That said, if you love a challenge, Meadowlands Farm might have its frustrations but once you’ve figured out how to utilize the space, you’ll have a lot of fun. To help you figure out if you’ll be able to make your home on this farm type, here’s a blank image of Meadowlands Farm obtained through Stardew Valley Planner.

Blank map of Meadowlands Farm in Stardew Valley
Image via Stardew Valley Planner

All farm layouts in Stardew Valley

To date, there are eight different farm types that can be used to start a new save file. They all offer very different types of gameplay and each has unique aspects that are geared toward different skills:

  • Standard Farm
    • This map is ideal if you want to focus on earning money through crop growth, although still offers ample space for Barns and Coops. The Standard Farm has 3,427 tillable tiles, the most of any map, but doesn’t come with any additional perks.
  • Riverland Farm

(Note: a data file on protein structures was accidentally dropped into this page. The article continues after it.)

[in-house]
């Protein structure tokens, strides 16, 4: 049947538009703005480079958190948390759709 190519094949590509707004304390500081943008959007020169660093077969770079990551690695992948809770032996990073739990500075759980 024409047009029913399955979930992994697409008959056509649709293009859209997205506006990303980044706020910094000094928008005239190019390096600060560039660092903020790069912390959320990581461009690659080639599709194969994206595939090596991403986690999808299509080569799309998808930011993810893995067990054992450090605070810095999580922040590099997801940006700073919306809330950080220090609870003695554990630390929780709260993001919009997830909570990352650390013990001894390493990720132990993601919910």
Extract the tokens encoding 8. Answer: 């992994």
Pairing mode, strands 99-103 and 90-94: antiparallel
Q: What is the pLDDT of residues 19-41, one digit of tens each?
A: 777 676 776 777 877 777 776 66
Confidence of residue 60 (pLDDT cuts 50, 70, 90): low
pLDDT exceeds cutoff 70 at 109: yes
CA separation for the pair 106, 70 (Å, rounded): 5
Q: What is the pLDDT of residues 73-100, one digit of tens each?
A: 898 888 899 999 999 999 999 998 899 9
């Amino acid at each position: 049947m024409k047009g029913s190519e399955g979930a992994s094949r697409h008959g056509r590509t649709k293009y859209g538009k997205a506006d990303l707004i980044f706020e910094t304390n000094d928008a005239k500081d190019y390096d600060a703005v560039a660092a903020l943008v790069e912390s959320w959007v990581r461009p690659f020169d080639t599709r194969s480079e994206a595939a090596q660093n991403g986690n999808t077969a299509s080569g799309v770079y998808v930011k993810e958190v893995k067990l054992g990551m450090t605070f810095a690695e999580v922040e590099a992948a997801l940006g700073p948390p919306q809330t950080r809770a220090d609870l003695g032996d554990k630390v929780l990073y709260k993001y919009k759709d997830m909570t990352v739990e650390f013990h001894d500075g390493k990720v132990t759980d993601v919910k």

• Ideal for those who want to focus on Fishing as their main skill, as one of the features of this map is Bubble Spots which appear in the water, which increase the speed at which you can catch fish. This map has 1,578 tillable tiles. As of the 1.6 update, players who choose to begin a save file on Riverlands Farm will get a Fish Smoker as standard.
  • Forest Farm
    • This map is ideal for Foraging, as it comes with eight regrowing large Stumps that can be broken to get Hardwood, seasonal foragables that usually don’t appear inside a farm, and unique weeds that drop Mixed Seeds when cut down. This farm map has 1,413 tillable tiles.
  • Hilltop Farm
    • This map is ideal for people who want to focus on Mining, as it comes with it’s very own mini-quarry, where Stones, Ore nodes, and Geodes appear periodically. Although geared towards Mining, this farm still has 1,648 tillable tiles although the entire map is separated by a river directly down the middle, making layouts difficult.
  • Wilderness Farm
    • On this farm, monsters spawn after dark, making it the perfect farm if you want to boost your Combat level pretty quickly. This is also the only map that spawns Wilderness Golems, offering an extra chance to get multiple resources. There are 2,131 tillable tiles on this map.